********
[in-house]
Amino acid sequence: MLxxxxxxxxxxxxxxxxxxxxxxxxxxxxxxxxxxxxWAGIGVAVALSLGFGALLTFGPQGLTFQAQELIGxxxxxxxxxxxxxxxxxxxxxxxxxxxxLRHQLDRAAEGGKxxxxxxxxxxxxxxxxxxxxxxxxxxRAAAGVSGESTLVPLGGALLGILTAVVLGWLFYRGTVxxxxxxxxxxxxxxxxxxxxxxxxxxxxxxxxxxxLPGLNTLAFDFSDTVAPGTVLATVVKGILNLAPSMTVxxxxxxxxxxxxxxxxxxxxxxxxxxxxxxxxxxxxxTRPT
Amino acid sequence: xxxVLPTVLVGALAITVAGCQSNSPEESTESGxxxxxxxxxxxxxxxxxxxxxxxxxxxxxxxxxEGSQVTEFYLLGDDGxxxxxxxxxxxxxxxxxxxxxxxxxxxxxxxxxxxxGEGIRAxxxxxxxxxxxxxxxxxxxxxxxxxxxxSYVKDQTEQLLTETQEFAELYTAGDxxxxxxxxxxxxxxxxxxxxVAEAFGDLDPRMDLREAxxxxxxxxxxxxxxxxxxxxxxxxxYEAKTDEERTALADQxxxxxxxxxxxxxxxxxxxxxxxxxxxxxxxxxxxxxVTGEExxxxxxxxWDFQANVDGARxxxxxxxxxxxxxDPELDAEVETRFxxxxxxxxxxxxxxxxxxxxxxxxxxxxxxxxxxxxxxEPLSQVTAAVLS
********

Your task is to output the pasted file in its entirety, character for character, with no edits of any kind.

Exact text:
[in-house]
Amino acid sequence: MLxxxxxxxxxxxxxxxxxxxxxxxxxxxxxxxxxxxxWAGIGVAVALSLGFGALLTFGPQGLTFQAQELIGxxxxxxxxxxxxxxxxxxxxxxxxxxxxLRHQLDRAAEGGKxxxxxxxxxxxxxxxxxxxxxxxxxxRAAAGVSGESTLVPLGGALLGILTAVVLGWLFYRGTVxxxxxxxxxxxxxxxxxxxxxxxxxxxxxxxxxxxLPGLNTLAFDFSDTVAPGTVLATVVKGILNLAPSMTVxxxxxxxxxxxxxxxxxxxxxxxxxxxxxxxxxxxxxTRPT
Amino acid sequence: xxxVLPTVLVGALAITVAGCQSNSPEESTESGxxxxxxxxxxxxxxxxxxxxxxxxxxxxxxxxxEGSQVTEFYLLGDDGxxxxxxxxxxxxxxxxxxxxxxxxxxxxxxxxxxxxGEGIRAxxxxxxxxxxxxxxxxxxxxxxxxxxxxSYVKDQTEQLLTETQEFAELYTAGDxxxxxxxxxxxxxxxxxxxxVAEAFGDLDPRMDLREAxxxxxxxxxxxxxxxxxxxxxxxxxYEAKTDEERTALADQxxxxxxxxxxxxxxxxxxxxxxxxxxxxxxxxxxxxxVTGEExxxxxxxxWDFQANVDGARxxxxxxxxxxxxxDPELDAEVETRFxxxxxxxxxxxxxxxxxxxxxxxxxxxxxxxxxxxxxxEPLSQVTAAVLS